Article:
Best Horse Blankets in 2022 – Turnout & Stable
There is another one with two horse owners leading their horses down the barn aisle. One horse has an au naturel winter coat with no horseshoes, and the woman leading him wears simple barn clothes. The other horse has a thick stable blanket layered over a fleece cooler with insulated stall boots, the owner wearing brand name English riding gear. Both riders have the same words filling their thought bubbles: “Poor horse.” While there is some truth to these jokes, blanketing is a concern for all horse owners who are not blessed to live in a climate where the temperatures are moderate all year round.
Does My Horse Need a Blanket?
So, What Kind of Blanket Do I Need?
The first thing to assess is how much winter coat your horse has and how cold your winter will be. Then look at the blanket’s fill, measured in grams from 100 grams to over 300 grams. If your horse will be living primarily in a stall, he may be able to do fine with a stable blanket with appropriate fill. If there is a chance he will go outside in the cold and wet, however, you may want to consider a turnout blanket for him. Turnout blankets have fill as well, but they also often have a liner and a ripstop, waterproof exterior. The strength of a turnout blanket’s outer material is measured in denier: the higher the denier number, the tougher the blanket. If your horse is active in the field, has a lot of things in his turnout area to rip a blanket on, or likes to roughhouse with his buddies, it is better to invest in a high denier blanket. If you live in an area prone to wind, freezing rain, or driving snow, it may be a good idea to invest in a tail guard or hood to go with the blanket as well.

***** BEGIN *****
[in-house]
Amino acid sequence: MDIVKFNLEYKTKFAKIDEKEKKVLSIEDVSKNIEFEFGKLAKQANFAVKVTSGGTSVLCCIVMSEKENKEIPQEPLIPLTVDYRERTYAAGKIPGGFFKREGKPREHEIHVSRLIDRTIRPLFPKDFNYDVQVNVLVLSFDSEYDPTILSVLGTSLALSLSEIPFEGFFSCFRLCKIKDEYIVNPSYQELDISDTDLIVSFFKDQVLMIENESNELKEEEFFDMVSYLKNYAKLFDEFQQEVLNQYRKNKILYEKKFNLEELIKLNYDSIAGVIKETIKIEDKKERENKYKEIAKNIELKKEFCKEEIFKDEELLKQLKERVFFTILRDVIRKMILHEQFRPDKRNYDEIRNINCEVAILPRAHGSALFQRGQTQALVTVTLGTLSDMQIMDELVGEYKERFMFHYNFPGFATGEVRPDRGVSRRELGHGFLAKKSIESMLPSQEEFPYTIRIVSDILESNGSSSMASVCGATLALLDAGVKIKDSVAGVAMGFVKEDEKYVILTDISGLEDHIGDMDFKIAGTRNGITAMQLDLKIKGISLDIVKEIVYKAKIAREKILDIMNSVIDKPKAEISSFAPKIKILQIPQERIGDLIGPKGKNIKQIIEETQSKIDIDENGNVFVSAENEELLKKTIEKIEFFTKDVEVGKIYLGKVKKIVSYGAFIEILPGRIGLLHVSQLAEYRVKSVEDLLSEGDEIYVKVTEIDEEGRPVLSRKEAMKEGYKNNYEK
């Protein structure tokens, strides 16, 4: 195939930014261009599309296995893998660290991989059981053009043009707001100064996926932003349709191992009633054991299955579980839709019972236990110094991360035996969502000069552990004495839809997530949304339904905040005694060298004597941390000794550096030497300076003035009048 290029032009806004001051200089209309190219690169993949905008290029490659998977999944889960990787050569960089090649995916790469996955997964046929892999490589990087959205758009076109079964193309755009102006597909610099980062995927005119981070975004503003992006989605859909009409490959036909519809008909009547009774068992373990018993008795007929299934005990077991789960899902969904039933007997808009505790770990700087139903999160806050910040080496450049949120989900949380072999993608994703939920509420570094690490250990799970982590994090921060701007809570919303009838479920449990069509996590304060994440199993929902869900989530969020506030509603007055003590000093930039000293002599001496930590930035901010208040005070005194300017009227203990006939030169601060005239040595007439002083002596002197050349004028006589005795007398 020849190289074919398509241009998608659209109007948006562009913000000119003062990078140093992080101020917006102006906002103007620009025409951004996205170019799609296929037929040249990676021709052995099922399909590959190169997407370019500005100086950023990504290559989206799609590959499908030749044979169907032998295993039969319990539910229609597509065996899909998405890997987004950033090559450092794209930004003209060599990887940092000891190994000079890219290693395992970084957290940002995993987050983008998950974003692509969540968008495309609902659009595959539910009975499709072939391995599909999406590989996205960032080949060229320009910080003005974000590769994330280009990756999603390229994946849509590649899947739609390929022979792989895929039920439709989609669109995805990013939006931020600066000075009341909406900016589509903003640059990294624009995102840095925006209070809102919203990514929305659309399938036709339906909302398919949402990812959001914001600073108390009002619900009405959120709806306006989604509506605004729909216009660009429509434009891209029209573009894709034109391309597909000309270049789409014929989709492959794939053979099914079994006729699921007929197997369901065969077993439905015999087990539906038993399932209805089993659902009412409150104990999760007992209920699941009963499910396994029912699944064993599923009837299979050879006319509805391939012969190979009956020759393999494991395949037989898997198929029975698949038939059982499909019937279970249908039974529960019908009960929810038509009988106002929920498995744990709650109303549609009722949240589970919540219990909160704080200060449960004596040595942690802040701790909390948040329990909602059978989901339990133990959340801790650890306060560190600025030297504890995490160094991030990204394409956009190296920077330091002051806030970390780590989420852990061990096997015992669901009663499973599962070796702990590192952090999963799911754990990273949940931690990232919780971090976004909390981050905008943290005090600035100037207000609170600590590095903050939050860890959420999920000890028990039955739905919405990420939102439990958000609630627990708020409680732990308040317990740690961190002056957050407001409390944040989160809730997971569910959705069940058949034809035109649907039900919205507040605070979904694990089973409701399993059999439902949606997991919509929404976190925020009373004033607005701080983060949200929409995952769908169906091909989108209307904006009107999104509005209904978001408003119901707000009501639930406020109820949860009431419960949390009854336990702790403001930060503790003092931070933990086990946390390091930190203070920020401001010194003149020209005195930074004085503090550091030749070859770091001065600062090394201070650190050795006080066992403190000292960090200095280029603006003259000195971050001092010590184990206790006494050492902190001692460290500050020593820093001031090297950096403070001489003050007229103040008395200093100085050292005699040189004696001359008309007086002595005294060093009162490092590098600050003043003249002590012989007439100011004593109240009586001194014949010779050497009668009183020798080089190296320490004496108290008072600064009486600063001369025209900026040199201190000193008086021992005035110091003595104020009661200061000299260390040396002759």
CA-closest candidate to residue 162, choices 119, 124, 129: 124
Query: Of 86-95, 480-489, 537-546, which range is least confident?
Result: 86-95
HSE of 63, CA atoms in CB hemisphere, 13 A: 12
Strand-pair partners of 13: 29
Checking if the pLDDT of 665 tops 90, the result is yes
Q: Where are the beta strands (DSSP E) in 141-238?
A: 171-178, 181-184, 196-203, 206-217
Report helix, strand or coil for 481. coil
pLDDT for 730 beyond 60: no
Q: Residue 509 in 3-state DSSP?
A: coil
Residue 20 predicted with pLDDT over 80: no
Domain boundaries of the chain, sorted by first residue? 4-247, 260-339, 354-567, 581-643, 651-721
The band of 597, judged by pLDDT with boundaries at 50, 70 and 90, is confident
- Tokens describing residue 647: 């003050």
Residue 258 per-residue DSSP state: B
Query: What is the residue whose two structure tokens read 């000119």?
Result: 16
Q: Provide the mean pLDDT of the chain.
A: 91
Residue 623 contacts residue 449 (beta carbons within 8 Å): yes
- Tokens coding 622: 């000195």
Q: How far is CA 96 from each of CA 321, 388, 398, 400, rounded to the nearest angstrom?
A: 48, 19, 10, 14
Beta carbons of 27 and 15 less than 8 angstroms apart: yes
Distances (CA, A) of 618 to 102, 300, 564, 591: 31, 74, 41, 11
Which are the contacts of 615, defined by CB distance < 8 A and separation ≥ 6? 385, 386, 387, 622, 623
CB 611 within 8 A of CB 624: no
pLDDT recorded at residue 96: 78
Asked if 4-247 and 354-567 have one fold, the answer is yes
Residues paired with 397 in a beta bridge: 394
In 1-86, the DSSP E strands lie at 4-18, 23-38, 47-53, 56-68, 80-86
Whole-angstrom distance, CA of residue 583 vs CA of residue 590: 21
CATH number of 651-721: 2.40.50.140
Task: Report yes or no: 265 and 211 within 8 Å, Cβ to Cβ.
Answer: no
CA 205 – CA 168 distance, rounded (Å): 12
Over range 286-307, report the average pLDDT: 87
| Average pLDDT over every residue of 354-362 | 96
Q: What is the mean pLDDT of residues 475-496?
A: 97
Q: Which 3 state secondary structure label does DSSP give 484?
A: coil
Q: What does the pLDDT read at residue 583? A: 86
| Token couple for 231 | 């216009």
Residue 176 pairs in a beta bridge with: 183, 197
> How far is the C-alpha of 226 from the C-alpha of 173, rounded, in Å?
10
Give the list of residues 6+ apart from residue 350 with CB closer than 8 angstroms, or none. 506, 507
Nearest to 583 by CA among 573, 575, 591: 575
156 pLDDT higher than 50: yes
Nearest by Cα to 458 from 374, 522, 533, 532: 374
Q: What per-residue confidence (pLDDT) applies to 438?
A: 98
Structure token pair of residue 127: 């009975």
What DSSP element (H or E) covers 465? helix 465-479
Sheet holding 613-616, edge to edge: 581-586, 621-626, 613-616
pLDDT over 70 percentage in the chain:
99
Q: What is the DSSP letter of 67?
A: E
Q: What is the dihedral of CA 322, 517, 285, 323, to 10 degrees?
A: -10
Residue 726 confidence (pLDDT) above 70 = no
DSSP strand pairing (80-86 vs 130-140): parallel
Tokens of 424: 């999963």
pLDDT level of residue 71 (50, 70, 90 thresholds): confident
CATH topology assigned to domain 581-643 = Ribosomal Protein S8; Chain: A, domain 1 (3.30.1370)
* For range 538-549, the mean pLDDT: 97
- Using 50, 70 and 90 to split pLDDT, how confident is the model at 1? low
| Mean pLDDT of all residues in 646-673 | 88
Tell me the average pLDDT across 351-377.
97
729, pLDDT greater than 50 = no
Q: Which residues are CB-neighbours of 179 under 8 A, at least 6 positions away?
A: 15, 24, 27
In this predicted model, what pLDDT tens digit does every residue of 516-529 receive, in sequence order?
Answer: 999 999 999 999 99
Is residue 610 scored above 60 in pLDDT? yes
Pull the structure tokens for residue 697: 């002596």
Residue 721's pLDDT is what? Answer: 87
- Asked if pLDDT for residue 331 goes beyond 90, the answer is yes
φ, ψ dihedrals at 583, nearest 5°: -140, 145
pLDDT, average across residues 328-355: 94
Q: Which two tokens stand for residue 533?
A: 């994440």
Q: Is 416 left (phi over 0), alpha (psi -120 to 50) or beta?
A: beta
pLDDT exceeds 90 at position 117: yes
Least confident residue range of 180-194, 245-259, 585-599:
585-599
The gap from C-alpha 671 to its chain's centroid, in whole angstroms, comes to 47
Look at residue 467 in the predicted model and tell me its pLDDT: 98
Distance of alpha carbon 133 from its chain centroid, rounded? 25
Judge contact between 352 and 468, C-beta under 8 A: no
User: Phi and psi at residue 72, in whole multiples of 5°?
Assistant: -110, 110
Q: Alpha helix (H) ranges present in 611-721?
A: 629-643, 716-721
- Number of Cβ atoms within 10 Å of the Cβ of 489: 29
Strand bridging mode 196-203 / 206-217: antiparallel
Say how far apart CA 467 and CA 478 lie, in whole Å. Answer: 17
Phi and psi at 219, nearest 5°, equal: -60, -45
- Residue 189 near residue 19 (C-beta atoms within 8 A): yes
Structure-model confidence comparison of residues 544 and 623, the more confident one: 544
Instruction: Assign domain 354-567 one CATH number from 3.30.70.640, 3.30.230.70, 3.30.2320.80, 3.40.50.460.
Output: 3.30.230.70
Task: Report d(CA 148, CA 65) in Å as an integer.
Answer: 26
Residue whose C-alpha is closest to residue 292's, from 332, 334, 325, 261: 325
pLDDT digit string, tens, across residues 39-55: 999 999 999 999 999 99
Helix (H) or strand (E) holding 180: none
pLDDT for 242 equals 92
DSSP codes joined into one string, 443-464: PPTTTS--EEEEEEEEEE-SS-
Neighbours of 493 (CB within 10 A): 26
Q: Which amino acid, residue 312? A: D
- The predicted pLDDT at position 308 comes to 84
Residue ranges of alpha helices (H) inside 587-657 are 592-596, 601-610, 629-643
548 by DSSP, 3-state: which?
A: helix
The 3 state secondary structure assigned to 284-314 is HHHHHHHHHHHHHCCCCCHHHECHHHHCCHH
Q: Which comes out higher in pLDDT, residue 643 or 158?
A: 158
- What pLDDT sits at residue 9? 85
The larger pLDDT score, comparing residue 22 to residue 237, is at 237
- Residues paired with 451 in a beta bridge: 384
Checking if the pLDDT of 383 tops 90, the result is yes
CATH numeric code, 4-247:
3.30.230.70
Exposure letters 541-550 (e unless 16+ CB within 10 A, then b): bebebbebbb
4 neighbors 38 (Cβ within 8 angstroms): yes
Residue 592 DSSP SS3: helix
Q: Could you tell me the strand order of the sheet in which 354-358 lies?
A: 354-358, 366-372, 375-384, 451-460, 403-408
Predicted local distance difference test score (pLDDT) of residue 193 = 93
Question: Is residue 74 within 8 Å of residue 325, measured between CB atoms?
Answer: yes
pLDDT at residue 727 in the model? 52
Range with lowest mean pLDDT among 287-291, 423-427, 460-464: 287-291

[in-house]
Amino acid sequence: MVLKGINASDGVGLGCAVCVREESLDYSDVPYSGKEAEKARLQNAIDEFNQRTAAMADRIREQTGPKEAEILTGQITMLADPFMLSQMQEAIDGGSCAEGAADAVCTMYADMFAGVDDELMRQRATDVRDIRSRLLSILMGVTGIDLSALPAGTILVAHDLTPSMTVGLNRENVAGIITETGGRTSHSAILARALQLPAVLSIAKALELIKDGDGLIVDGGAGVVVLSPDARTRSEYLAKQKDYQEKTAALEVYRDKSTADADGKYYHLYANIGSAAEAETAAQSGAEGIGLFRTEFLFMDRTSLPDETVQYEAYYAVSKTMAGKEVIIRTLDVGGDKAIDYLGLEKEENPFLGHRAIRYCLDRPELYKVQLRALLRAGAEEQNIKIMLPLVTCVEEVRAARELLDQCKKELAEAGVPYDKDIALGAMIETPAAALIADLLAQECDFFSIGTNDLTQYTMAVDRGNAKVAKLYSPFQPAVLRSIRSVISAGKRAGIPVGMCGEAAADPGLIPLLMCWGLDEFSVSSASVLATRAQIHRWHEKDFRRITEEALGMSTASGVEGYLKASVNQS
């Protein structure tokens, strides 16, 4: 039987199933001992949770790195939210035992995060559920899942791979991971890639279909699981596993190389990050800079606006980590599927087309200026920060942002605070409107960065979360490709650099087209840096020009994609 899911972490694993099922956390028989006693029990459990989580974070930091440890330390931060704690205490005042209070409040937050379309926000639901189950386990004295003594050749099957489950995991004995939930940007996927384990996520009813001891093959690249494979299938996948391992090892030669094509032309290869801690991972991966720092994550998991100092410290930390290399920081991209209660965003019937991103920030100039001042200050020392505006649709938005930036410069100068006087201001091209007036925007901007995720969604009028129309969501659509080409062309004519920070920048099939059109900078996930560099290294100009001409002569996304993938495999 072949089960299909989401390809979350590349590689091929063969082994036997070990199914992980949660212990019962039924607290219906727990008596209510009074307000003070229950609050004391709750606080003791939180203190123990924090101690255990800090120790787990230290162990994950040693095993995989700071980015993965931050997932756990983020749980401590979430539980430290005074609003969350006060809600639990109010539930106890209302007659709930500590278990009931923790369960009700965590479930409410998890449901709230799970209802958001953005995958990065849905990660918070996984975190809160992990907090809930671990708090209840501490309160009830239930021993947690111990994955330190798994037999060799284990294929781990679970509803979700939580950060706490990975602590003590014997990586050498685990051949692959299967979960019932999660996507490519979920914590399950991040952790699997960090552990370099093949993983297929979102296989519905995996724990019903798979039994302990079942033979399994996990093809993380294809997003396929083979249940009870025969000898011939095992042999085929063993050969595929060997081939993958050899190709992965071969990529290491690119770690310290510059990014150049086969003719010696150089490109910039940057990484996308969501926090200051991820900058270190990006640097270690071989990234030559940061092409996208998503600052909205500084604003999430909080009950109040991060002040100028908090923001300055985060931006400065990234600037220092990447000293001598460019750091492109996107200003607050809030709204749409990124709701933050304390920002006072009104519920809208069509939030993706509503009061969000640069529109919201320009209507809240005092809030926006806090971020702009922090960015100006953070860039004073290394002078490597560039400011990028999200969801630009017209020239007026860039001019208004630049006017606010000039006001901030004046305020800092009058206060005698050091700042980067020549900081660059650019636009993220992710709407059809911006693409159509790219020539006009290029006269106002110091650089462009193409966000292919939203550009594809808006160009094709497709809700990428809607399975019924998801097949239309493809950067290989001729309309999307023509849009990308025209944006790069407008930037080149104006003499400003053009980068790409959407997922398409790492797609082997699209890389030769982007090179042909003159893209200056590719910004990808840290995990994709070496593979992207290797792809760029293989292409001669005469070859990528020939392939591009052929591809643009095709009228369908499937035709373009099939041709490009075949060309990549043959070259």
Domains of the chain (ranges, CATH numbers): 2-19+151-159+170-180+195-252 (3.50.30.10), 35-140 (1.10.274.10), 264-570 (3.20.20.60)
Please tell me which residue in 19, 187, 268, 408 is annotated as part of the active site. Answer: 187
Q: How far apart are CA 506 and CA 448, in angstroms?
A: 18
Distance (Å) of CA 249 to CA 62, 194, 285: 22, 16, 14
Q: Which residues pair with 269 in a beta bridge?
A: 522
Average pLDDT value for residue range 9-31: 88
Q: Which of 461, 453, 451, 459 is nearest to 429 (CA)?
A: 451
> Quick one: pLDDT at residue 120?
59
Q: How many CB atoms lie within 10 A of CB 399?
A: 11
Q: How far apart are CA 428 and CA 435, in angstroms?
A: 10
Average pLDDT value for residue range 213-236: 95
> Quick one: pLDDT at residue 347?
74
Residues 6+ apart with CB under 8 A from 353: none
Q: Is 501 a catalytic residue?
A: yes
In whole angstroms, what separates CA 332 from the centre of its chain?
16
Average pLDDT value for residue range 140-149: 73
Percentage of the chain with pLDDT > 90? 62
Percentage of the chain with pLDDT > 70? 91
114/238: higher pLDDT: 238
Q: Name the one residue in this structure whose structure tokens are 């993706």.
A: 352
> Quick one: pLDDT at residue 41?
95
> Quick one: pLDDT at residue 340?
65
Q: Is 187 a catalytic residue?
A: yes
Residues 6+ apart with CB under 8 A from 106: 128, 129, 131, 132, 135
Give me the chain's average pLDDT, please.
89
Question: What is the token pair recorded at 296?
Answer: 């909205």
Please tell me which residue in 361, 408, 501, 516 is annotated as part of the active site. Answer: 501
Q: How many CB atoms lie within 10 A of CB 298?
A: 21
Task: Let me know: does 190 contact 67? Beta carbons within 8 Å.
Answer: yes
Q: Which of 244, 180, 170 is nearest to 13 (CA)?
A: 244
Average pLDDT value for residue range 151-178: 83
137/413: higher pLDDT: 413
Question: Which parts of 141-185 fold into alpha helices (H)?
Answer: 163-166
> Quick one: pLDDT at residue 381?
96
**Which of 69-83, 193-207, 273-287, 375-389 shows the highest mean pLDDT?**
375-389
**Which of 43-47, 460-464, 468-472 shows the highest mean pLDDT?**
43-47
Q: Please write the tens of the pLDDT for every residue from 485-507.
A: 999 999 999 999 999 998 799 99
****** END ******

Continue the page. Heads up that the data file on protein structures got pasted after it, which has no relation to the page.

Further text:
While many see these blankets as a luxury, riding horses may benefit from quarter sheets, such as this Wool quarter sheet from Equinavia, during warmup and cooldown if clipped. Any riding horse that is ridden in cold weather should have a fleece or wool cooler in order to help them dry off from sweat after riding.